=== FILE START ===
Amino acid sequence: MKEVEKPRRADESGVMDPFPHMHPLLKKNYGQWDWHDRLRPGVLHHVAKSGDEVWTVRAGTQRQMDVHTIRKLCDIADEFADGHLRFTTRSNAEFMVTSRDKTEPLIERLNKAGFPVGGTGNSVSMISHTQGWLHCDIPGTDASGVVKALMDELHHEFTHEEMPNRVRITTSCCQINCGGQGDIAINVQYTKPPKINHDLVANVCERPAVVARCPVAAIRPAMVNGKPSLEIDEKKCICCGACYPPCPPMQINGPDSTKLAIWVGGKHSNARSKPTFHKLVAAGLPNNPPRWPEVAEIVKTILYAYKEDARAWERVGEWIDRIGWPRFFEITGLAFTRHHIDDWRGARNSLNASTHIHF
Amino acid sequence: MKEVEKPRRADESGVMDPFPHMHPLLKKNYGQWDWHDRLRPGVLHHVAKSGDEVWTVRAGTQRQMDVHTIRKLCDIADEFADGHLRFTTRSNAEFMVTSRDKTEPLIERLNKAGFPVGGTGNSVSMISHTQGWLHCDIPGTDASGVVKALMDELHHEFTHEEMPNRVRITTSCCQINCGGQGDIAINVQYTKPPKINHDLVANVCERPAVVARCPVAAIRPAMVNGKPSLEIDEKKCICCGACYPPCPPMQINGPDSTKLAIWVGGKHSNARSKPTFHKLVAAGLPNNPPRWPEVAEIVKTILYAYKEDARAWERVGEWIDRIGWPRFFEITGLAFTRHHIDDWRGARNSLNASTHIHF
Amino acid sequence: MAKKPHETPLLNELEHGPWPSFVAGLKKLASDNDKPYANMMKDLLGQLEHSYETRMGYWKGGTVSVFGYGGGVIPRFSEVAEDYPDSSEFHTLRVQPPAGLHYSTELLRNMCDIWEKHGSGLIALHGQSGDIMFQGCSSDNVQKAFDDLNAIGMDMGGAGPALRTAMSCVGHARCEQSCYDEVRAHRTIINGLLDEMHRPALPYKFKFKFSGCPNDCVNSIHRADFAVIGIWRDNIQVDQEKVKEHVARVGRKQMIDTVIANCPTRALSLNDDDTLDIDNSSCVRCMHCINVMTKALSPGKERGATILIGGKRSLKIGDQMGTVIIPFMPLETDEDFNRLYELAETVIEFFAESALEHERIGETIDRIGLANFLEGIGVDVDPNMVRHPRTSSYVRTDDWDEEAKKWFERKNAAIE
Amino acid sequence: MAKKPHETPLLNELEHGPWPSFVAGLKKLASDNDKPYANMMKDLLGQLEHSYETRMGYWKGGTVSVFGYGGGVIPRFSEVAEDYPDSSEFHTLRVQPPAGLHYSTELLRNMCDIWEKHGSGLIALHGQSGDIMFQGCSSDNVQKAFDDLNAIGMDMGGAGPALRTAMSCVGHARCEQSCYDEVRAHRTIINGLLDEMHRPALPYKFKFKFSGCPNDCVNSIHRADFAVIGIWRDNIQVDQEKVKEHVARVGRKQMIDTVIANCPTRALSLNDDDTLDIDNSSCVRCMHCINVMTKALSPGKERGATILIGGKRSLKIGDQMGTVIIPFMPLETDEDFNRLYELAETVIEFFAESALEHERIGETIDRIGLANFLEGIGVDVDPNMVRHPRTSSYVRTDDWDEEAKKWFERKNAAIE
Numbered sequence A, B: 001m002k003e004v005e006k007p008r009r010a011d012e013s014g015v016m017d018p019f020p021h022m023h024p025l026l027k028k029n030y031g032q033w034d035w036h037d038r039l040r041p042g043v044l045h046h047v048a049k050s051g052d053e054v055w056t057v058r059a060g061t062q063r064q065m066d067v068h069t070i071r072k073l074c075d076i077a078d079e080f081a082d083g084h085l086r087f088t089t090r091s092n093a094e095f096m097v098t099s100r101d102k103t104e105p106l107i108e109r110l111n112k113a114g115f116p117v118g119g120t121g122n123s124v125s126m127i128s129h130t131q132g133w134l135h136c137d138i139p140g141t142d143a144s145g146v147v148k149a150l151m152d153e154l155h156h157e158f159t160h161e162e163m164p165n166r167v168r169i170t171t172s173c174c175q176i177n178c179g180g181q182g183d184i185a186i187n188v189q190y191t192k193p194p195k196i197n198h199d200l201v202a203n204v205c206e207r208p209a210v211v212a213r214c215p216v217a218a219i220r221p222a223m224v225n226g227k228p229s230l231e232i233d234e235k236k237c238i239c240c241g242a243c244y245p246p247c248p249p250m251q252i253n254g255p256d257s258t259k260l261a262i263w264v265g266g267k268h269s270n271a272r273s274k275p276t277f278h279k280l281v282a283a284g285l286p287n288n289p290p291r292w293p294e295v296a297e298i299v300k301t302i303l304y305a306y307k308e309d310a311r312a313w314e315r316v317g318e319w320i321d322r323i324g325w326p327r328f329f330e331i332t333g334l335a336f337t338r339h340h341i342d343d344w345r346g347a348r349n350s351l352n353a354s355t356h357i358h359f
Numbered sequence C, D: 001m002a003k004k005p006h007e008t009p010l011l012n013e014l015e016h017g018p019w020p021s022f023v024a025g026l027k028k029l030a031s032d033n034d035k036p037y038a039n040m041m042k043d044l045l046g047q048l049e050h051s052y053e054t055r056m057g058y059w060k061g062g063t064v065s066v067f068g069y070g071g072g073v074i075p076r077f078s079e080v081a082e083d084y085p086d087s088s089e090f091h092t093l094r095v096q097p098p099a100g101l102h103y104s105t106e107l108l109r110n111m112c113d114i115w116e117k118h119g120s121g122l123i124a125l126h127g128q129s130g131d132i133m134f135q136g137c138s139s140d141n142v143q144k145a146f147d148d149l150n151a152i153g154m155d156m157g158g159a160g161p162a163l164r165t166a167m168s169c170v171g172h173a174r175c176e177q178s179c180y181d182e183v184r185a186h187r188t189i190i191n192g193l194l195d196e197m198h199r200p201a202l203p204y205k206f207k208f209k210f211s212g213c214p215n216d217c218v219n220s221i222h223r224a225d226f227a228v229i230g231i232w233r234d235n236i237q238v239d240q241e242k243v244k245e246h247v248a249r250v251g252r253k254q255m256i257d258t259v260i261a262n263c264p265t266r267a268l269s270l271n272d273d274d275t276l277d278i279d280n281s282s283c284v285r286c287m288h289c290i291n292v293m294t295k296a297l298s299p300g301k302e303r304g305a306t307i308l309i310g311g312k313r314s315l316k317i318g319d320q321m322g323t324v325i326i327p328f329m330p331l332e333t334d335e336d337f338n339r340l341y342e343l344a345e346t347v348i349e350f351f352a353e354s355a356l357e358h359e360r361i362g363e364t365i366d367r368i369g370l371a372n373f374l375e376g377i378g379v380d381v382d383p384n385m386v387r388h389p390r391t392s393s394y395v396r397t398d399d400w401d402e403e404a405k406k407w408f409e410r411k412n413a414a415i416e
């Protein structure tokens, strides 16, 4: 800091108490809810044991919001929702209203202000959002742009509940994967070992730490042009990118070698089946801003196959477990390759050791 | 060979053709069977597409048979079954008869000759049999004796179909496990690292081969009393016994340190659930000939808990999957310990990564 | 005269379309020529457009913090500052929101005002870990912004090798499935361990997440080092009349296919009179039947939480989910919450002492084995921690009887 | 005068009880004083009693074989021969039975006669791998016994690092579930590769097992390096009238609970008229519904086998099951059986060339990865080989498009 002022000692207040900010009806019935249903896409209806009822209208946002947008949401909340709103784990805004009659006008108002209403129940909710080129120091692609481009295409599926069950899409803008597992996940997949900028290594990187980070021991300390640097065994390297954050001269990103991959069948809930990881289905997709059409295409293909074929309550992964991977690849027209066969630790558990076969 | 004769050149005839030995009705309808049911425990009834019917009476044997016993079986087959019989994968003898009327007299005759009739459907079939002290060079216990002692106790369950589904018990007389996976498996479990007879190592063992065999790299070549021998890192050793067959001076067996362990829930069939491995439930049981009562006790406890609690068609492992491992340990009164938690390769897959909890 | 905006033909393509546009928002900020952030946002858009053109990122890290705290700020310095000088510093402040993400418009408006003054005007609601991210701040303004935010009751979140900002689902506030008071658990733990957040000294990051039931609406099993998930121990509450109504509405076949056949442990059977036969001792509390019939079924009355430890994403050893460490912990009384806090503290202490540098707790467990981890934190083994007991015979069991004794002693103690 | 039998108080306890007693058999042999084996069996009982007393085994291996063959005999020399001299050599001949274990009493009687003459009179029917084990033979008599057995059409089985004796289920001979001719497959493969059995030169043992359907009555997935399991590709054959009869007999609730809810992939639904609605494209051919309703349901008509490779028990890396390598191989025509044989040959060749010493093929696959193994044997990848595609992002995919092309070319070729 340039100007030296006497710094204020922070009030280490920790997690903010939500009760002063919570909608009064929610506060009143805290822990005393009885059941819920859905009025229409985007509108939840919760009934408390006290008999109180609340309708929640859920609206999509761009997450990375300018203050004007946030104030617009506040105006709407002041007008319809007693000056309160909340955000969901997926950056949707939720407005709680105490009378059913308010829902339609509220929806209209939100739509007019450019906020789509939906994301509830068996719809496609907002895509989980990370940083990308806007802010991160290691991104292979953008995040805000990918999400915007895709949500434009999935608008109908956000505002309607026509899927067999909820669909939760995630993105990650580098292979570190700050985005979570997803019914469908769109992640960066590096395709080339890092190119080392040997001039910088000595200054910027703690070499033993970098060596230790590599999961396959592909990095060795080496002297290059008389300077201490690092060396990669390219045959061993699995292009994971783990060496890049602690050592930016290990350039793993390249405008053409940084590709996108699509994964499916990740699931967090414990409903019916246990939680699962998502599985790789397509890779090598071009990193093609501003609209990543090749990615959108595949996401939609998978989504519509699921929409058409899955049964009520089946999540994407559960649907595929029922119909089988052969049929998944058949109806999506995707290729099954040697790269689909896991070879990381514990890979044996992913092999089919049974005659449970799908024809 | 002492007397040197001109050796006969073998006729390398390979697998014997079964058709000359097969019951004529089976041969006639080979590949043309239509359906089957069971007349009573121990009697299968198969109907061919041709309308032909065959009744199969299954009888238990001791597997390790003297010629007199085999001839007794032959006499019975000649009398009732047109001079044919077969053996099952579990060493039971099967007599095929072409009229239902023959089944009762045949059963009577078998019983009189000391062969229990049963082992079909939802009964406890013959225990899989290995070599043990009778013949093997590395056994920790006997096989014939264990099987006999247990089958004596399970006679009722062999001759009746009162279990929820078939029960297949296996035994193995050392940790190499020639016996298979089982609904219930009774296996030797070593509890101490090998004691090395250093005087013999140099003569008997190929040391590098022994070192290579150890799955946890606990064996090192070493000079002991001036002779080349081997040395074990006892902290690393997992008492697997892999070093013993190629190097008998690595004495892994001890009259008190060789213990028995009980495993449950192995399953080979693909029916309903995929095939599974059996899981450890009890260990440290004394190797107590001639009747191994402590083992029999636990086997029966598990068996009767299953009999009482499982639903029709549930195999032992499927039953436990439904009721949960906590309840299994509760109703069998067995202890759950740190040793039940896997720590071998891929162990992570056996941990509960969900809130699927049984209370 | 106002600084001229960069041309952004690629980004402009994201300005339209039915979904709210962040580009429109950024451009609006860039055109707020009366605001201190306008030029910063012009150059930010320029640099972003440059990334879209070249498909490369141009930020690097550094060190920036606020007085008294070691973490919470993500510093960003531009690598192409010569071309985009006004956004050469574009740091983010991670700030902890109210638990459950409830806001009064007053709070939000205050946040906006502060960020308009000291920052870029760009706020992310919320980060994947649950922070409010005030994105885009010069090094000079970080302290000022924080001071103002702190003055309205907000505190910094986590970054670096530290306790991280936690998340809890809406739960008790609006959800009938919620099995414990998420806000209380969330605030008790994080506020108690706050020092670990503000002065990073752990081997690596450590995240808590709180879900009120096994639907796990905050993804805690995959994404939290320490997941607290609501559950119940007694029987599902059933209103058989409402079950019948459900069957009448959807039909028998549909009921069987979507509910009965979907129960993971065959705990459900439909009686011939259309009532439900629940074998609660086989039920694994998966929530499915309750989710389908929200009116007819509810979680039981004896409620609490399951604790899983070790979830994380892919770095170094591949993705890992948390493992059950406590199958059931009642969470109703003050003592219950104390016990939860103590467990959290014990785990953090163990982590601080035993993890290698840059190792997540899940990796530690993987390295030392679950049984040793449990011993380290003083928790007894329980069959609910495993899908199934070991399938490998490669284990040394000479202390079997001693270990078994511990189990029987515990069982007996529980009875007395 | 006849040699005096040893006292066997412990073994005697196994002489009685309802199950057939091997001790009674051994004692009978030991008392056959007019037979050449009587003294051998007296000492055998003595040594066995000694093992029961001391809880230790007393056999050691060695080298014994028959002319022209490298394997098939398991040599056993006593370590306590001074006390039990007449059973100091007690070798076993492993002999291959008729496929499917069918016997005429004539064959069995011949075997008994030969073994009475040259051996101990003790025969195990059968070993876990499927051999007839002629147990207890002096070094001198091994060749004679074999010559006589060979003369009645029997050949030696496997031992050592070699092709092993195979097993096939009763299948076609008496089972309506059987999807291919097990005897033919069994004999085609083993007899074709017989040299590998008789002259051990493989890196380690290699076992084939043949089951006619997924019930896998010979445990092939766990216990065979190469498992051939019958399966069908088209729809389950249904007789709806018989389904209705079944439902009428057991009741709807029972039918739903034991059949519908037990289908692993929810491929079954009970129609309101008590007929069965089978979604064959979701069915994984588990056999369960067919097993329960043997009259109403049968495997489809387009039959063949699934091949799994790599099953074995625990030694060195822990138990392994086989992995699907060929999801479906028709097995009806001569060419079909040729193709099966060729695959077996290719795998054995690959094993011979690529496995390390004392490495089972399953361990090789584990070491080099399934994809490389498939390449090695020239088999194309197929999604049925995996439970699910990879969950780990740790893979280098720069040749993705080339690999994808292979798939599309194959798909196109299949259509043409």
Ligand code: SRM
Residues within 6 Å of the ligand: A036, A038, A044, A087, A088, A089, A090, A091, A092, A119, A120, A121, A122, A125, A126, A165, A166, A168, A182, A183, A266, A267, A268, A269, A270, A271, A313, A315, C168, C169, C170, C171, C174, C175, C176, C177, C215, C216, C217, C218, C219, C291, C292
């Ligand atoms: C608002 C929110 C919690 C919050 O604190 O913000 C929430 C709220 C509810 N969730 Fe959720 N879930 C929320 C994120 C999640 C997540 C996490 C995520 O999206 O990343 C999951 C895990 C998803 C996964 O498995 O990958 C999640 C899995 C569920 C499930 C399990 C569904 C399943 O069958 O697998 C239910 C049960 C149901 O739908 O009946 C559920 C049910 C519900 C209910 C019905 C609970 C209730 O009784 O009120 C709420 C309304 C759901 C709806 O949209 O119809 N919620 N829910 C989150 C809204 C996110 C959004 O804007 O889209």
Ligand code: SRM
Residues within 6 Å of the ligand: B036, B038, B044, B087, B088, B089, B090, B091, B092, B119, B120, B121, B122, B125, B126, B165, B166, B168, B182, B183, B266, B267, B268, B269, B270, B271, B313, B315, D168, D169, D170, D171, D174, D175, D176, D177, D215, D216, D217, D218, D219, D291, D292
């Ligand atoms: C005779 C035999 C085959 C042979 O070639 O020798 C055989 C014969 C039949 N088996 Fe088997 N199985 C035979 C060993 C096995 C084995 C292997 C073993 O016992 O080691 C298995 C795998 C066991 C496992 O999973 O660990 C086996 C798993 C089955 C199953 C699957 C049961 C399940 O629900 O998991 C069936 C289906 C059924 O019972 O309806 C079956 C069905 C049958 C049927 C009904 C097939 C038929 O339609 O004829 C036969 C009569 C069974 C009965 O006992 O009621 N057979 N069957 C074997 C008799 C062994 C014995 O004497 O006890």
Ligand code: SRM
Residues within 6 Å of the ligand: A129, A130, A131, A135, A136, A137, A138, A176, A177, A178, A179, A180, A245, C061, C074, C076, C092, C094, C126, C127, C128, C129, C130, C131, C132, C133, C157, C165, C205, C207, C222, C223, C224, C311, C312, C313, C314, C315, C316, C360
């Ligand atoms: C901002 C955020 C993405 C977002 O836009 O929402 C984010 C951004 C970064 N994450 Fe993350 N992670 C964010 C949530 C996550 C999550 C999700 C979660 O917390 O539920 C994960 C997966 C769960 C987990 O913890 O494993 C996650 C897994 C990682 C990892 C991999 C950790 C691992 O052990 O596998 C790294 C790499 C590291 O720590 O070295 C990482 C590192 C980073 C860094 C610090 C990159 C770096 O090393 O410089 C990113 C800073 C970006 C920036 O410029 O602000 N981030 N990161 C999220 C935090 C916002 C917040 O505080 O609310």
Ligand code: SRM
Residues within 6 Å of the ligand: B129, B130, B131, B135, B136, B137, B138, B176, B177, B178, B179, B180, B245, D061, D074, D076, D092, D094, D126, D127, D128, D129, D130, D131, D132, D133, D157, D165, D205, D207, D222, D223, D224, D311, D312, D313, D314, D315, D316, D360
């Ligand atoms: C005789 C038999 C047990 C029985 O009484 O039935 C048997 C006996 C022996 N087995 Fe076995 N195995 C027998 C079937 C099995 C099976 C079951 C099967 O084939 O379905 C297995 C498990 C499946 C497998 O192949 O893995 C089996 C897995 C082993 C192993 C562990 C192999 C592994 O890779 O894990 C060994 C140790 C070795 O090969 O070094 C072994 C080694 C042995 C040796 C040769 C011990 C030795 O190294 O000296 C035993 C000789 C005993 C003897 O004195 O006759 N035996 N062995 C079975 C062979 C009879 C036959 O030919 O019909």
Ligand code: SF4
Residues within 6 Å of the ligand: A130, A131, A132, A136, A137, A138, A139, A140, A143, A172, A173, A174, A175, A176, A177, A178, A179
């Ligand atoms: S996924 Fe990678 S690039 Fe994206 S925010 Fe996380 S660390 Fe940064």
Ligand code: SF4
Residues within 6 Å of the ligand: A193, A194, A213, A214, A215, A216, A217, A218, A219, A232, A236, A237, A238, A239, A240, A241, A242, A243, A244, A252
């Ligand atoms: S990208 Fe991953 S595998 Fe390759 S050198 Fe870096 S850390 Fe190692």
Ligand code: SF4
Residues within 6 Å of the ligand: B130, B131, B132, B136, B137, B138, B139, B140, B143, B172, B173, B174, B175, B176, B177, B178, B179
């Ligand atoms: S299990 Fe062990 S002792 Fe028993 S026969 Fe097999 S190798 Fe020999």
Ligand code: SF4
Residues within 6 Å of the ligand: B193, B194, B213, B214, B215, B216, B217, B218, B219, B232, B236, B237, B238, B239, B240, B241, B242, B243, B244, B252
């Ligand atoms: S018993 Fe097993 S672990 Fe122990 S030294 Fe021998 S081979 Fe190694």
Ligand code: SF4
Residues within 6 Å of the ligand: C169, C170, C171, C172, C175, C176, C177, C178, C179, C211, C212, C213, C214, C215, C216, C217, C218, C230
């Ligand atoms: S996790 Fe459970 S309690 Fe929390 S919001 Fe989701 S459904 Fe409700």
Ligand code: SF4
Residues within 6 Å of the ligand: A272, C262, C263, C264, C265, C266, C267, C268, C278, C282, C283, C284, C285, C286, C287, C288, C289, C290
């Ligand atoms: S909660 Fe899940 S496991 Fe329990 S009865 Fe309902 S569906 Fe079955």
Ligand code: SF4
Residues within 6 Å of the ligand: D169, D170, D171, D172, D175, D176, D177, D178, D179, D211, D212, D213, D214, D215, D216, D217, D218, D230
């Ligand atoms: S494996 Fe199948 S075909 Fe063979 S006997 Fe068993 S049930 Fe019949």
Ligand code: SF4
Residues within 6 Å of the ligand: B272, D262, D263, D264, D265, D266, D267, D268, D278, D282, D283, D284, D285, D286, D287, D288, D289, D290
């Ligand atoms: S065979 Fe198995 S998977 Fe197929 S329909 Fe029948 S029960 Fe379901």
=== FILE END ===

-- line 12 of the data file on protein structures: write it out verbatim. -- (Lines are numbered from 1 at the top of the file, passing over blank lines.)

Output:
Residues within 6 Å of the ligand: B036, B038, B044, B087, B088, B089, B090, B091, B092, B119, B120, B121, B122, B125, B126, B165, B166, B168, B182, B183, B266, B267, B268, B269, B270, B271, B313, B315, D168, D169, D170, D171, D174, D175, D176, D177, D215, D216, D217, D218, D219, D291, D292